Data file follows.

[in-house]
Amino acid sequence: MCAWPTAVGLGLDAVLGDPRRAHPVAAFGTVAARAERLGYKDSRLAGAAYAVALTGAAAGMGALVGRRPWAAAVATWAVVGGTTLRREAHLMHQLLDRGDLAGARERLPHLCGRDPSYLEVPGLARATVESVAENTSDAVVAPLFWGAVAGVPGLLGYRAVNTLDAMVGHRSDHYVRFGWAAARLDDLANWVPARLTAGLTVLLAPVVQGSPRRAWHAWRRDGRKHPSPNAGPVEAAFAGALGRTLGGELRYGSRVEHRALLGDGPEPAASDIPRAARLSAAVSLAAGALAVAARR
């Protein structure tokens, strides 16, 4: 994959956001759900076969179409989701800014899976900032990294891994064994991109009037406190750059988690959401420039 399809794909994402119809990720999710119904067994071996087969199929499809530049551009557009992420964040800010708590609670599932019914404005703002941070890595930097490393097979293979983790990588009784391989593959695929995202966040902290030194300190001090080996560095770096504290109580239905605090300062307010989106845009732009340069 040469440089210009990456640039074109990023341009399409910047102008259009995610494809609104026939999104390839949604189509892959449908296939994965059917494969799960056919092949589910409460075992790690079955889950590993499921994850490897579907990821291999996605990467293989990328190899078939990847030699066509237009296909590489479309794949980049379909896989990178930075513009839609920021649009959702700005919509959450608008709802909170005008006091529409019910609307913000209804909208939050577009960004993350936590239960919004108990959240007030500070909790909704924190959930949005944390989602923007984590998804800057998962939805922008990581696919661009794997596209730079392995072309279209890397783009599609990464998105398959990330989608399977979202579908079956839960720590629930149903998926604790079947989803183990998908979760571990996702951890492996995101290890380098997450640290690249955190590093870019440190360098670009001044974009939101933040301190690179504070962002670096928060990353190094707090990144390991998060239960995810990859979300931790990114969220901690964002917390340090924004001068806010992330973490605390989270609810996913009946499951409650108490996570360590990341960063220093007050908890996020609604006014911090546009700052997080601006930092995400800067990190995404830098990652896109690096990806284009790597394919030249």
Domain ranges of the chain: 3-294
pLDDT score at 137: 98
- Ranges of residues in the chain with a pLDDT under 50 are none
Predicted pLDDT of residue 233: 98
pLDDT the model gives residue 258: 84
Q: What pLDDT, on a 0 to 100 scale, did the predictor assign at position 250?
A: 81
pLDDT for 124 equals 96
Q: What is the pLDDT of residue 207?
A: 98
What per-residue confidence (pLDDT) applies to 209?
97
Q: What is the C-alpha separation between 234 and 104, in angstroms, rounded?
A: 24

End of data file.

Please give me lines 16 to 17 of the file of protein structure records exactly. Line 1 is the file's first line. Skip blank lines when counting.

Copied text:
Q: What is the C-alpha separation between 234 and 104, in angstroms, rounded?
A: 24